If you were to run multiple samples, the Mode, Median, and Mean would all be very stable, and the skew would oscillate around 0 depending on which side the largest outlier is.

The only way the distribution would not be directionally random would be if the skew was significantly larger, and the Mode and Median of the distribution were significantly above or below 0.

How To Build A System Around This Edge

Because the skew is really only valuable for determining a direction bias if you also factor in the Mode, Median, and Mean of the distribution, you would want to build your system in the same way described in Mode, Median and Mean section above.

The Kurtosis

The last reading is where it gets interesting. The kurtosis. In a normal distribution, this value would be 3. In the distribution above it’s an astonishing 14!

If the kurtosis is higher than 3, this tells us that the distribution is fat-tailed, meaning it has larger and more frequent outlier events than what would be observed in a normal distribution.

A deviation this large should be sending alarm bells off as this is clearly showing where the edge in price lies. What a value like this means is, the outliers of the distribution are significantly larger than what they should be, and they occur significantly more often than they should.

How To Build A System Around This Edge

If you were building a strategy to trade this kind of edge, you would want to structure it so that it benefits from outlier events. This would mean using the trading style below:

  • Fixed Stop Loss And No Take Profit: In this kind of trading, you would want to use a relatively tight stop, and no take profit. You would either use some kind of time exit or some other signal.

It is important to understand this because this will allow you to capture the outlier events when they occur. The fact that there are more outlier events than expected and they are larger than expected, is where the actual edge is.

It’s also important to note that if this is the only kind of edge present in a distribution, you can not successfully use the trading styles below:

  • Buy and Hold: This type of trading will not work because not only will you receive all of the outlier winning trades, but you will also receive all outlier losing trades and they will eventually cancel each other out.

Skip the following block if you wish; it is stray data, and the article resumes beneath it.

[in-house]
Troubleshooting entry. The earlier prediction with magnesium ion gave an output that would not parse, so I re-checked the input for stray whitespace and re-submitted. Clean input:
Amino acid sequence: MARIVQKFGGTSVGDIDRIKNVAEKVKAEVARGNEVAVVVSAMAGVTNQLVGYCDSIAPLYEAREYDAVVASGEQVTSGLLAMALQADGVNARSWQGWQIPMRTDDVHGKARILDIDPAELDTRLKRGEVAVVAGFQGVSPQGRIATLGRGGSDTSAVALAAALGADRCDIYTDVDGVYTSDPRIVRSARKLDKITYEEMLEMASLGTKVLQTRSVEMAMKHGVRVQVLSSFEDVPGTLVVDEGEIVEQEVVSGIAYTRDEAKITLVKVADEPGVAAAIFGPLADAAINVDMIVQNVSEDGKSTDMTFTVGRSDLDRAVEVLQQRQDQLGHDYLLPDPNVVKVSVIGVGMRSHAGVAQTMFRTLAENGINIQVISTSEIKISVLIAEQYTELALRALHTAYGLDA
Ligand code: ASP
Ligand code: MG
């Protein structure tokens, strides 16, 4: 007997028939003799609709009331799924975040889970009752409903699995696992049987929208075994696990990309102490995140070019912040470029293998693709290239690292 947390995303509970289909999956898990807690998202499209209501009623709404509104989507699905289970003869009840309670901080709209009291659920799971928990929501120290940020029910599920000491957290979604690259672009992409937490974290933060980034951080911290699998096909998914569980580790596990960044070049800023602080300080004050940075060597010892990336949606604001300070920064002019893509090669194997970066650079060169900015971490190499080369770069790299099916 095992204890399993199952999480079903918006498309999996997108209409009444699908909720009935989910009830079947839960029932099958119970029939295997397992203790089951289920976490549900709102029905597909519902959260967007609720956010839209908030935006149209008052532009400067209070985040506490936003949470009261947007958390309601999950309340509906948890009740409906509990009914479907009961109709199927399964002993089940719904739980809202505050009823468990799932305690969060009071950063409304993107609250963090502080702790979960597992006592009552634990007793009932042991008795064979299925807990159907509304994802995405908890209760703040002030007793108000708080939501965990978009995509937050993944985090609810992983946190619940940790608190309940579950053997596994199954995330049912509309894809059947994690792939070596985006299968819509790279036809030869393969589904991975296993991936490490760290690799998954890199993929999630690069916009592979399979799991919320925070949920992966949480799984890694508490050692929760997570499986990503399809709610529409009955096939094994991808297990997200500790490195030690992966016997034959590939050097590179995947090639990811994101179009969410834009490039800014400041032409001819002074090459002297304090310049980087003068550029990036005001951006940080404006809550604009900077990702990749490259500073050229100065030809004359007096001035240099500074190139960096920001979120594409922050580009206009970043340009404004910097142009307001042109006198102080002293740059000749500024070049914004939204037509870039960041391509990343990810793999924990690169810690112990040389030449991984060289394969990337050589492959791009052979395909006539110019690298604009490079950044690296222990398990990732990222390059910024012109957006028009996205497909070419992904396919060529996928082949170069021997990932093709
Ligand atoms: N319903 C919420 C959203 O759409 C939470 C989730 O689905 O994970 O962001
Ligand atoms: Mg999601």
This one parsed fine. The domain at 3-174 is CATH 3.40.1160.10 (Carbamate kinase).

• Fixed Stop Loss and Fixed Take Profit: This type of trading style will not work either because even though the distribution is fat-tailed, it still can have no directional edge at all.
  • Fixed Take Profit and No Stop Loss: This kind of trading will never work with a distribution that has this edge because you will have large losses much more frequently than what would be expected. And since you cap your gains so you never receive any of the big outlier winning trades, your losses will always eat your small wins.


I hope this illustrates what I mean when I say, the edges are in the distribution itself. One last thing I want to mention before closing this out is, when you see these initial deviations on the entire price distribution, this does not mean that the distribution right out of the box can be used to consistently generate profits.

What it does mean though is you know how you need to structure your strategy so that it targets what kind of deviations you are observing. Adding entry and exit rules will change the distribution you are actually trading, so you want to create your rules so that they will take advantage of the initial deviations discovered in the original price distribution.

Remember, all of these values are estimates of the true values based on a small sample. Because prices are infinitely dynamic, there are no real true values. Because of this, it’s important to monitor these numbers after you have created your strategy, so you can adjust if and when market conditions change.

In our next post, we will be discussing how you need to structure your strategy depending on what deviations from normalness are observed in the distribution of the pair you are trading so stay tuned for that!